- Menials: Domestic Service and the Cultural Transformation of British Society, 1650–1850 by Kristina Booker, and: Memoirs of Victorian Working-Class Women: The Hard Way Up by Florence S. Boos
Kristina Booker’s Menials: Domestic Service and the Cultural Transformation of British Society, 1650–1850 and Florence S. Boos’s Memoirs of Victorian Working-Class Women: The Hard Way Up are fascinated with texts describing the lives of working-class women in the Victorian era, but otherwise could scarcely be more different as intellectual projects. Booker is interested not in domestic service as such, but in what she terms textual servants. Her concern is with their portrayal in a series of writings—including novels, conduct manuals, and social commentary—between the mid-seventeenth and mid-nineteenth centuries. There is also a coda discussing their treatment in the recent television series Downton Abbey. Boos, by contrast, focuses on autobiographical writings by women in a range of working-class contexts, including domestic service. Few of her texts are widely known even to specialists in Victorian history. Her book is an exercise in bibliographical research as much as content analysis. [End Page 667]
For Booker, the fictive servant serves as a figure through which the so-called master class can work through a series of dilemmas in the modernizing economy. Specific attention is paid to the challenge of self-interest, social emulation, and the increasing ubiquity of exotic luxury. Through close readings of literary texts ranging from Robinson Crusoe (1719), Pamela (1740), Roxana (1724), Clarissa (1748), and Caleb Williams (1794) in the eighteenth century, to Frankenstein (1818), Bleak House (1852–53), Dombey and Son (1848), Vanity Fair (1847), and News from Nowhere (1890) in the nineteenth, Menials seeks to illuminate the anxieties of the servant-employing class. There is a wide-ranging engagement with the broader discourse about the economy and society, with contextual discussions of a series of commentators from Thomas Hobbes to William Morris.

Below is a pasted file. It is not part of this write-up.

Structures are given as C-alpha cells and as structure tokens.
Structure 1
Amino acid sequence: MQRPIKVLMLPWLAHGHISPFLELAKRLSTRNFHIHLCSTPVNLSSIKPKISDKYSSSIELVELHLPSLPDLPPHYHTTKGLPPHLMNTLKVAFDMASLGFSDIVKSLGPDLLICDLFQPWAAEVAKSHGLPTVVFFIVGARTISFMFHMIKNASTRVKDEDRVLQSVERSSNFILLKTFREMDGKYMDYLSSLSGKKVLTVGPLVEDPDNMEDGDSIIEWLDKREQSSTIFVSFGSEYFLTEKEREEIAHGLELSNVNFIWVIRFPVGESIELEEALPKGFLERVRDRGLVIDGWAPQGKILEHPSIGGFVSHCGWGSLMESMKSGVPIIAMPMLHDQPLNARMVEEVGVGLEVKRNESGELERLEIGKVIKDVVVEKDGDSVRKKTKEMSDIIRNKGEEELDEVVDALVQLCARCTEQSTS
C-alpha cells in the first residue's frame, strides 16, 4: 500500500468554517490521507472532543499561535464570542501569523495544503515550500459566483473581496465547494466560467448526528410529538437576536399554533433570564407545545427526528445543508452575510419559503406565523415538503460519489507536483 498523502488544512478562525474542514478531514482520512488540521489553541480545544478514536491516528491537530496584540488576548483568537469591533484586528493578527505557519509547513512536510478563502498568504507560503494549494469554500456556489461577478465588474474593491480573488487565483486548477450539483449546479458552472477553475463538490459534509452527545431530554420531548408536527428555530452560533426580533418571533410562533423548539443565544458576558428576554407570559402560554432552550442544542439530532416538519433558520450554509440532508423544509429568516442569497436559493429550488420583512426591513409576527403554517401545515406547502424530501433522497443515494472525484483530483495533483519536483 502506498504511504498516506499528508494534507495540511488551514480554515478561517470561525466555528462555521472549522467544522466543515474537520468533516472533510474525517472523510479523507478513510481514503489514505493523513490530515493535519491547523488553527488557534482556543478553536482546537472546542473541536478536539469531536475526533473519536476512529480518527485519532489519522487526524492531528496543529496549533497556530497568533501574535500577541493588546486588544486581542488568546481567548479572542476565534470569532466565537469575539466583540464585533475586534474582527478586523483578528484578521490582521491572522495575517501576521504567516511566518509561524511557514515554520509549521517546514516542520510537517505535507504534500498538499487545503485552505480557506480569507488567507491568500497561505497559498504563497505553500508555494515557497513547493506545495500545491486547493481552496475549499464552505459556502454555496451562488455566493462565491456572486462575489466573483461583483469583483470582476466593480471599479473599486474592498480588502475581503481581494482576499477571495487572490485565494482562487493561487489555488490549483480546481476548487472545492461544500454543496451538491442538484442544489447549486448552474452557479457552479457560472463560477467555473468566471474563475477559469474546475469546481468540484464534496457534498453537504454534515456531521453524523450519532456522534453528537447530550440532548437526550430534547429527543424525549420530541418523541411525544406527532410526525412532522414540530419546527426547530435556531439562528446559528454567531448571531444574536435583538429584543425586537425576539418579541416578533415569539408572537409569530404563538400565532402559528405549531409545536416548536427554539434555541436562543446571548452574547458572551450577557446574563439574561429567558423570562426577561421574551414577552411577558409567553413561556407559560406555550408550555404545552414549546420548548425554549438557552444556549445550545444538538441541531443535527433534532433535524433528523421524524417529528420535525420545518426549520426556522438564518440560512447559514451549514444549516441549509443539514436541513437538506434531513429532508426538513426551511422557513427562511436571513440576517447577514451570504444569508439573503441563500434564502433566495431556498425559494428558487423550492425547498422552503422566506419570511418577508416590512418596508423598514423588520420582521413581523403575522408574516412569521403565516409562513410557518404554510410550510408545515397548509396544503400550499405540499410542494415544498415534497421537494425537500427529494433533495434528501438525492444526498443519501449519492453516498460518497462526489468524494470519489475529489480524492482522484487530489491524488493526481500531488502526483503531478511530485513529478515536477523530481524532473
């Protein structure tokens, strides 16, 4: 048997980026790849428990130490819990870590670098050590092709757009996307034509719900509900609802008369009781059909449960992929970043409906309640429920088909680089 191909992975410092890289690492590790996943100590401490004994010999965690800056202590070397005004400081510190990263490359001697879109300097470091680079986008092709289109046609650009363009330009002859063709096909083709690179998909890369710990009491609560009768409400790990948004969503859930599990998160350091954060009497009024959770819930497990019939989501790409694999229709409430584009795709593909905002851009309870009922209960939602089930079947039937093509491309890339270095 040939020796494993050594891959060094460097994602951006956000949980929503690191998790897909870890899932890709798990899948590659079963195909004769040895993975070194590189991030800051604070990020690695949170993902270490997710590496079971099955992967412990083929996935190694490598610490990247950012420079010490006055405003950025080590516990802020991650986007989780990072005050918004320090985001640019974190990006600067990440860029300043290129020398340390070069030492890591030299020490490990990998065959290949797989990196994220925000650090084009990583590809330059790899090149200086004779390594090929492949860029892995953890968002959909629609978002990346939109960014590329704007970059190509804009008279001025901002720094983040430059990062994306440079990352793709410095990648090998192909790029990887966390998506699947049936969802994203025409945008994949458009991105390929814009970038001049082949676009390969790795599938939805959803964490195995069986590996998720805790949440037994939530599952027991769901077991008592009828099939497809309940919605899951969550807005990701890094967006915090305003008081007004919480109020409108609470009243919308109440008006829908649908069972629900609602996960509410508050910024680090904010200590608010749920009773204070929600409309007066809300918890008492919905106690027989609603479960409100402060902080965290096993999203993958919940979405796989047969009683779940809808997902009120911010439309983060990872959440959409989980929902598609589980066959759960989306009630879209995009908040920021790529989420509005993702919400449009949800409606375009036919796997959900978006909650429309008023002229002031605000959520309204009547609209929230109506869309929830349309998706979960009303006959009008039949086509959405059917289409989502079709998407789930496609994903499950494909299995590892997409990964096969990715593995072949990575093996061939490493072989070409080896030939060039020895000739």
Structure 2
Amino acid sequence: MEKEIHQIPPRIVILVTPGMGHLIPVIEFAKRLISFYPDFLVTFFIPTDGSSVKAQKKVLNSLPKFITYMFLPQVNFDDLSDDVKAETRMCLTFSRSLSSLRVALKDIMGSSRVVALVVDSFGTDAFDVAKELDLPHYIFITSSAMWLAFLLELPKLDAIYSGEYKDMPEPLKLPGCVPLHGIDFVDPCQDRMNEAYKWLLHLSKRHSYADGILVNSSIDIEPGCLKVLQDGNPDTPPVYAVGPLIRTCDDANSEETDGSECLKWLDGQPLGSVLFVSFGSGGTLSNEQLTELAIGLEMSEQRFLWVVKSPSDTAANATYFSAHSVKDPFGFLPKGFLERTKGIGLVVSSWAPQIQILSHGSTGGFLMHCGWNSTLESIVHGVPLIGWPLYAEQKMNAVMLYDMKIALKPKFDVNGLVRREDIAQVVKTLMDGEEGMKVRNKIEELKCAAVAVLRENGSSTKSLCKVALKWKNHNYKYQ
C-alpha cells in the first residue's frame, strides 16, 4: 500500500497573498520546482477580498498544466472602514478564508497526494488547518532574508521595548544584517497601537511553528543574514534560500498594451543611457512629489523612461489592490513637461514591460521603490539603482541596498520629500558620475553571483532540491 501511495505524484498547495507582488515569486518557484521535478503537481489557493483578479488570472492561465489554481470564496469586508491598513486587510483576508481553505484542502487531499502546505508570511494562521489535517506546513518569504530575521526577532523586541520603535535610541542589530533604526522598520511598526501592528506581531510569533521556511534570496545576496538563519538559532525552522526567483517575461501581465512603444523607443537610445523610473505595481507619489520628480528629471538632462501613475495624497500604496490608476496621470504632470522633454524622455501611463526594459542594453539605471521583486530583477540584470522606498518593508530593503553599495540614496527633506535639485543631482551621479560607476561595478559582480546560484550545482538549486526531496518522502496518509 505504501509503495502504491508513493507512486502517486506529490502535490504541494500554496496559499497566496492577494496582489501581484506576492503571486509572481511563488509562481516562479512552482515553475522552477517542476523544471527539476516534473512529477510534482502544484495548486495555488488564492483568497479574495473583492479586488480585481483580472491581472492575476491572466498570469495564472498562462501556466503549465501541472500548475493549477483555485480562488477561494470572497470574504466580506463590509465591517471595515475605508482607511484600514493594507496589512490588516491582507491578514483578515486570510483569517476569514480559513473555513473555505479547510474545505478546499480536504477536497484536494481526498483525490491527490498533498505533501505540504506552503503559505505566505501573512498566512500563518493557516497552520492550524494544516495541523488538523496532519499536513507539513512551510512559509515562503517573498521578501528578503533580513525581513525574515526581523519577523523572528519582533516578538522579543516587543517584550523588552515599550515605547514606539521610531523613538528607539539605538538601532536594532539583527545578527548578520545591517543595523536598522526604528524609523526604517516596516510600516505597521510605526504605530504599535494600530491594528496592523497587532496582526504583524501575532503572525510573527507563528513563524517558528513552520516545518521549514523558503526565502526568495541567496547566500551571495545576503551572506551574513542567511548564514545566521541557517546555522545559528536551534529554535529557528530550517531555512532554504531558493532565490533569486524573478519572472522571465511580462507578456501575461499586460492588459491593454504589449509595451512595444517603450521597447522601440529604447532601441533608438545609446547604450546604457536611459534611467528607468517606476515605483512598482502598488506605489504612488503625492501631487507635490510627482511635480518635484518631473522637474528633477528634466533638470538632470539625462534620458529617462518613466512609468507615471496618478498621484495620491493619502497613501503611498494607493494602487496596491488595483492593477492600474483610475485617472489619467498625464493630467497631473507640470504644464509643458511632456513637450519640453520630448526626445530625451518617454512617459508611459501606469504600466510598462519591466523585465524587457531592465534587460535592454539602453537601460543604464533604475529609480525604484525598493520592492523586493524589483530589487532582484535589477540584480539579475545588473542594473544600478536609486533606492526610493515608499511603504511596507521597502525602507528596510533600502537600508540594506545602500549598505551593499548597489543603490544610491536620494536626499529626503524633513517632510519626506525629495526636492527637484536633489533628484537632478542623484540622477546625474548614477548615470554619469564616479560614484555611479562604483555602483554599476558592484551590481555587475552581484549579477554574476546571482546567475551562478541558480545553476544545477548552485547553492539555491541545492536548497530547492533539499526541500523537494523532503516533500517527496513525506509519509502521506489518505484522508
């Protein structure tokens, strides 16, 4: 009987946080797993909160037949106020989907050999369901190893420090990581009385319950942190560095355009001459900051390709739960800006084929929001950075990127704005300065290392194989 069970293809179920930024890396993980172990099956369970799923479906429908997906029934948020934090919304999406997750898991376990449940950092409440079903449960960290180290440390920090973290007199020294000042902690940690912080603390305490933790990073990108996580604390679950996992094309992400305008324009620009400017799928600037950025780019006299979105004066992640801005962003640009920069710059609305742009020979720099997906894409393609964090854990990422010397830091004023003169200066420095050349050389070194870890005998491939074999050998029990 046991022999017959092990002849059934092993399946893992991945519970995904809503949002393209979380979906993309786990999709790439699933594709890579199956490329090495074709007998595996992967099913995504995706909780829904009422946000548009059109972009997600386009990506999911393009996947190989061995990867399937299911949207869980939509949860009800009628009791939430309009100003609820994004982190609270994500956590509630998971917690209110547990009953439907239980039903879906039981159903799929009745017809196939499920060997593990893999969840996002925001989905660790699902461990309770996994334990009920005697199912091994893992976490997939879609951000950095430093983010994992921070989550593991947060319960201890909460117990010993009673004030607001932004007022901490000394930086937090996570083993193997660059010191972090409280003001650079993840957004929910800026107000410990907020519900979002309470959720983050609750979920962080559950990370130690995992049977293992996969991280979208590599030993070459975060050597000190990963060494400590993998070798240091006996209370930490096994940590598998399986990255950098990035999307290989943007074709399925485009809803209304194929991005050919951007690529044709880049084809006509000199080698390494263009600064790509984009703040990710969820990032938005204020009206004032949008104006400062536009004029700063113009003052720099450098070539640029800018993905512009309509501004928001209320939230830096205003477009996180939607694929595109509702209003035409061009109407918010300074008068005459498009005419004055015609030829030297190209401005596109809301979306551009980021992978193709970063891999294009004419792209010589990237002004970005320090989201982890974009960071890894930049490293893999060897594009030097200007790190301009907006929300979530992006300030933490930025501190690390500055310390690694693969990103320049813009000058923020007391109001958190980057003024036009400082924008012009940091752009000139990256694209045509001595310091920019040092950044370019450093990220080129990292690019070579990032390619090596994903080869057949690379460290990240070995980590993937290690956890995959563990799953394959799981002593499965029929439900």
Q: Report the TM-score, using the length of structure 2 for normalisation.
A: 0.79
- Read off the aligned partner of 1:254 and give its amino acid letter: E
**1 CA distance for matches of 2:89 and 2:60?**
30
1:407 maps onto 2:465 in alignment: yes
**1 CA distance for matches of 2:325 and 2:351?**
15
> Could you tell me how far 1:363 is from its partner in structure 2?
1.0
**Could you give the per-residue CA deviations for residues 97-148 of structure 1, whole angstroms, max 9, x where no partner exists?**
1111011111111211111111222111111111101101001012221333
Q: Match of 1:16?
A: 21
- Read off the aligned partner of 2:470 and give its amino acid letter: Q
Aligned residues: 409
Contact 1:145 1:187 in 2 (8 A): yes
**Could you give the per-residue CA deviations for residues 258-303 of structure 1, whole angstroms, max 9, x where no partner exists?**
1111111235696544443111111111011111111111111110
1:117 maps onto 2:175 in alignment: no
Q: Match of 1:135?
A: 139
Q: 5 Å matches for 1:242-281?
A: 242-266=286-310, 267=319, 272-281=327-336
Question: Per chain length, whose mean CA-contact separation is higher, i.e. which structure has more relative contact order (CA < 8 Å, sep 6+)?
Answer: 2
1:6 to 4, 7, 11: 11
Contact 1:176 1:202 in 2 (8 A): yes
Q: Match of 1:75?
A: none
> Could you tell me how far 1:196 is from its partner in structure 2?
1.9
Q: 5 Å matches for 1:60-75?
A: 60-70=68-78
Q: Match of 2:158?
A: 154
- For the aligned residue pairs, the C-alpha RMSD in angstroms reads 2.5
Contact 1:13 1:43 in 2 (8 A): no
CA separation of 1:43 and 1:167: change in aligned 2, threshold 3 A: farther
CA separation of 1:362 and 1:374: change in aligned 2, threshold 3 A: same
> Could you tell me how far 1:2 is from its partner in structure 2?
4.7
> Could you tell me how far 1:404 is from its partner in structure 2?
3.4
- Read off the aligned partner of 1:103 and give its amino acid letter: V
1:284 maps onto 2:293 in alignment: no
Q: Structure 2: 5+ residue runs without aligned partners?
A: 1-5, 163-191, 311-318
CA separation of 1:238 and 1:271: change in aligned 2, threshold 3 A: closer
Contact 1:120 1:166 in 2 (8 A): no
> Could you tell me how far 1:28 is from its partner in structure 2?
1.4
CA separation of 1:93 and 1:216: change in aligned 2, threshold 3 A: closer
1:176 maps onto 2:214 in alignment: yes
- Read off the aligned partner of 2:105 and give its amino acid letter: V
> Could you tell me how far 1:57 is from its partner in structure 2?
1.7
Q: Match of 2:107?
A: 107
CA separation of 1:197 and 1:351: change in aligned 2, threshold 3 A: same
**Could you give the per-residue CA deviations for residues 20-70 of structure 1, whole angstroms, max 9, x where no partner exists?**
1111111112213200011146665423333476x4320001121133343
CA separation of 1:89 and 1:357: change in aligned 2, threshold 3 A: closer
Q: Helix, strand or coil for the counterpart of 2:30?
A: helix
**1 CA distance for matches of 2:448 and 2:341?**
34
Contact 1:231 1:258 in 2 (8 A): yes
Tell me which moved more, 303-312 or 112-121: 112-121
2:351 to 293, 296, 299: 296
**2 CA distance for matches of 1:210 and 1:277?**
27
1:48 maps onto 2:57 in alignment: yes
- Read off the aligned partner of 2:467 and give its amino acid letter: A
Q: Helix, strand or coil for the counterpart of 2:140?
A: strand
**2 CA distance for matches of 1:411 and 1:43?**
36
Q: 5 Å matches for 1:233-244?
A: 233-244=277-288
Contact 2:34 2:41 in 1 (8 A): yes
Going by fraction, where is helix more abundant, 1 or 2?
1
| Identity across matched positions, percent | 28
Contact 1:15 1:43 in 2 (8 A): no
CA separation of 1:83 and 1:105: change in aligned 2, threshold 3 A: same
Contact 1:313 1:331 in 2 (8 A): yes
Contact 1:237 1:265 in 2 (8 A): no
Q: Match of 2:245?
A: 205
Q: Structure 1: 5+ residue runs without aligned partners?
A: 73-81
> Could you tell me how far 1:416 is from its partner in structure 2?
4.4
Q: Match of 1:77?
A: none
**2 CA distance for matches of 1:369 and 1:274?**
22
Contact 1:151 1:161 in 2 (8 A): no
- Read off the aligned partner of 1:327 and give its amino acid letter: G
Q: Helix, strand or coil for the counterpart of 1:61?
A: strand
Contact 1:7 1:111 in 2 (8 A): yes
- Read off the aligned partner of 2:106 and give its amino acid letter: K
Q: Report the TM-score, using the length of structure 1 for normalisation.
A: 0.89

An increasingly commercial world drives change in Booker’s account. The servants themselves demonstrate a broad passivity. A distinctive element in the book is a move away from servants’ sexual relations and toward their treatment as childlike figures, requiring constant surveillance and incapable of developing adult sensibilities without the guidance of their superiors. The anxieties felt by the master class are generated by internal contradictions in their pursuit of cultural dominance. There is little sense that resistance by the servants themselves generates or influences these difficulties. Menials insists that the textual analysis illuminates only the ways in which the employers sought to manage their uncertainties by promoting the ideal of social emulation. “The question here,” she writes, “is not whether the working classes actually bought into this form of representation—they may or may not have. The significance of this form of representation is that it attempts to render that question moot” (124).
Menials and Memoirs of Working-Class Women differ not only in subject matter but also in form. Booker has composed a tightly organized and argued account wherein each text is deployed in support of a neatly stated overall thesis. She has found an effective means of tracing critical cultural arguments over a long period of change, and has worked hard to isolate key themes and connect them with emblematic sources. There are no loose ends. Each of the texts is given a located place in cultural debates that the literary forms all succeed in resolving, at least for their contemporary readership. The final discussion of Downton Abbey presents the television series as evidence of how the central questions are still alive, still a matter of fascination, and still capable of being worked through by the writer, in this case the conveniently aristocratic Julian Fellowes.
Boos, on the other hand, presents a much less tidy project. There is no shortage of careful scholarship in her book...